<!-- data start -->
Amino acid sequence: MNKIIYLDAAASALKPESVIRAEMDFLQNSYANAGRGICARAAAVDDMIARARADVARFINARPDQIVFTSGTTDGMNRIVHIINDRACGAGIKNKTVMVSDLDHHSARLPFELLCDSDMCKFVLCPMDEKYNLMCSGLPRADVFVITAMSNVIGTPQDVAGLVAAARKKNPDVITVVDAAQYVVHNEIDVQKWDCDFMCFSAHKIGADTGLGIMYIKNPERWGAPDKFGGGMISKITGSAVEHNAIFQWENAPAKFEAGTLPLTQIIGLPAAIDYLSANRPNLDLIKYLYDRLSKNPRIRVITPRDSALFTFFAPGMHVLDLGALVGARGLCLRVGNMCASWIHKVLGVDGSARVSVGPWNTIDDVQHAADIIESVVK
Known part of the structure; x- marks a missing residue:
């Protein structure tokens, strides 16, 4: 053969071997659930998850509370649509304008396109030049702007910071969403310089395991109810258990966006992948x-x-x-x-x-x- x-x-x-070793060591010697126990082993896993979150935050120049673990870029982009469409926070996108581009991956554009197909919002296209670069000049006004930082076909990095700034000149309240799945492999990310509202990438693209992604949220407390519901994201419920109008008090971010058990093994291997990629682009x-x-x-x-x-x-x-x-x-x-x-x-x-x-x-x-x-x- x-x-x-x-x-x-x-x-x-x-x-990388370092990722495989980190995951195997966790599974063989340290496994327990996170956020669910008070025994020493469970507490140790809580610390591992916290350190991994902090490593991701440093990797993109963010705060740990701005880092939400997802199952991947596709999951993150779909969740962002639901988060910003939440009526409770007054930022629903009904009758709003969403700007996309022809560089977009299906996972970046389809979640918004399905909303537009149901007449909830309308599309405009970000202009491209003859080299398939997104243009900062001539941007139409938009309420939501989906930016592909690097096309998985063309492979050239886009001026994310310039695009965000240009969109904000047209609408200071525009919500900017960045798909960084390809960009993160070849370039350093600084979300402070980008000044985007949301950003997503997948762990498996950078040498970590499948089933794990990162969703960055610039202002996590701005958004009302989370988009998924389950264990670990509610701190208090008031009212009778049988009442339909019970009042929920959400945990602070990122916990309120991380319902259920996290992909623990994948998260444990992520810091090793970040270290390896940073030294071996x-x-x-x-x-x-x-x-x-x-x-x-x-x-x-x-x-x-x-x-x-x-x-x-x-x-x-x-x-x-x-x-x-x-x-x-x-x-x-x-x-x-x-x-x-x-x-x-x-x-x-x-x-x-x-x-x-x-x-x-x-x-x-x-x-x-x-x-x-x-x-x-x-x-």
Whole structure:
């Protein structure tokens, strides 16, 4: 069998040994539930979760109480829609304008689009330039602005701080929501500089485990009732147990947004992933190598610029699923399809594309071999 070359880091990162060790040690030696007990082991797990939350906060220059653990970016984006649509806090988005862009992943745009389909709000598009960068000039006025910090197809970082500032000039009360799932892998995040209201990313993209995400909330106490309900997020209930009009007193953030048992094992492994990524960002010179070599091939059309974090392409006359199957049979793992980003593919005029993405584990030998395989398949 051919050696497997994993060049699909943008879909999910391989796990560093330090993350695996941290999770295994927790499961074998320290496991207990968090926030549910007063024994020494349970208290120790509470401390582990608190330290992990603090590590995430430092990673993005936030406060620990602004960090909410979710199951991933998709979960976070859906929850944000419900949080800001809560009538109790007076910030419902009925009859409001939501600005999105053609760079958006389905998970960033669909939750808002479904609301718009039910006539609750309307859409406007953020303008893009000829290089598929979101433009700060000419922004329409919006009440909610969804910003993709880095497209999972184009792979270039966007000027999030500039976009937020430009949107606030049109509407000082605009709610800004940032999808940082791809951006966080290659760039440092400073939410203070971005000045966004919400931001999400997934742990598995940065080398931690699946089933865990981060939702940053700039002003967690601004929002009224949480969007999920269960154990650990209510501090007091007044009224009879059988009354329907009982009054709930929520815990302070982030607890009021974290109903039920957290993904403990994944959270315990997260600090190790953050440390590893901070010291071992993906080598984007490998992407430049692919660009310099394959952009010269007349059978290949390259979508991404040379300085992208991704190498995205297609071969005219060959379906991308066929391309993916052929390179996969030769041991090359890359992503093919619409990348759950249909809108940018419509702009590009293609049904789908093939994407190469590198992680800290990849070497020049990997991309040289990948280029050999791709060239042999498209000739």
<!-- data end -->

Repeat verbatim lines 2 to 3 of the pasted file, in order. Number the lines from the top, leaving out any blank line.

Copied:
Known part of the structure; x- marks a missing residue:
């Protein structure tokens, strides 16, 4: 053969071997659930998850509370649509304008396109030049702007910071969403310089395991109810258990966006992948x-x-x-x-x-x- x-x-x-070793060591010697126990082993896993979150935050120049673990870029982009469409926070996108581009991956554009197909919002296209670069000049006004930082076909990095700034000149309240799945492999990310509202990438693209992604949220407390519901994201419920109008008090971010058990093994291997990629682009x-x-x-x-x-x-x-x-x-x-x-x-x-x-x-x-x-x- x-x-x-x-x-x-x-x-x-x-x-990388370092990722495989980190995951195997966790599974063989340290496994327990996170956020669910008070025994020493469970507490140790809580610390591992916290350190991994902090490593991701440093990797993109963010705060740990701005880092939400997802199952991947596709999951993150779909969740962002639901988060910003939440009526409770007054930022629903009904009758709003969403700007996309022809560089977009299906996972970046389809979640918004399905909303537009149901007449909830309308599309405009970000202009491209003859080299398939997104243009900062001539941007139409938009309420939501989906930016592909690097096309998985063309492979050239886009001026994310310039695009965000240009969109904000047209609408200071525009919500900017960045798909960084390809960009993160070849370039350093600084979300402070980008000044985007949301950003997503997948762990498996950078040498970590499948089933794990990162969703960055610039202002996590701005958004009302989370988009998924389950264990670990509610701190208090008031009212009778049988009442339909019970009042929920959400945990602070990122916990309120991380319902259920996290992909623990994948998260444990992520810091090793970040270290390896940073030294071996x-x-x-x-x-x-x-x-x-x-x-x-x-x-x-x-x-x-x-x-x-x-x-x-x-x-x-x-x-x-x-x-x-x-x-x-x-x-x-x-x-x-x-x-x-x-x-x-x-x-x-x-x-x-x-x-x-x-x-x-x-x-x-x-x-x-x-x-x-x-x-x-x-x-």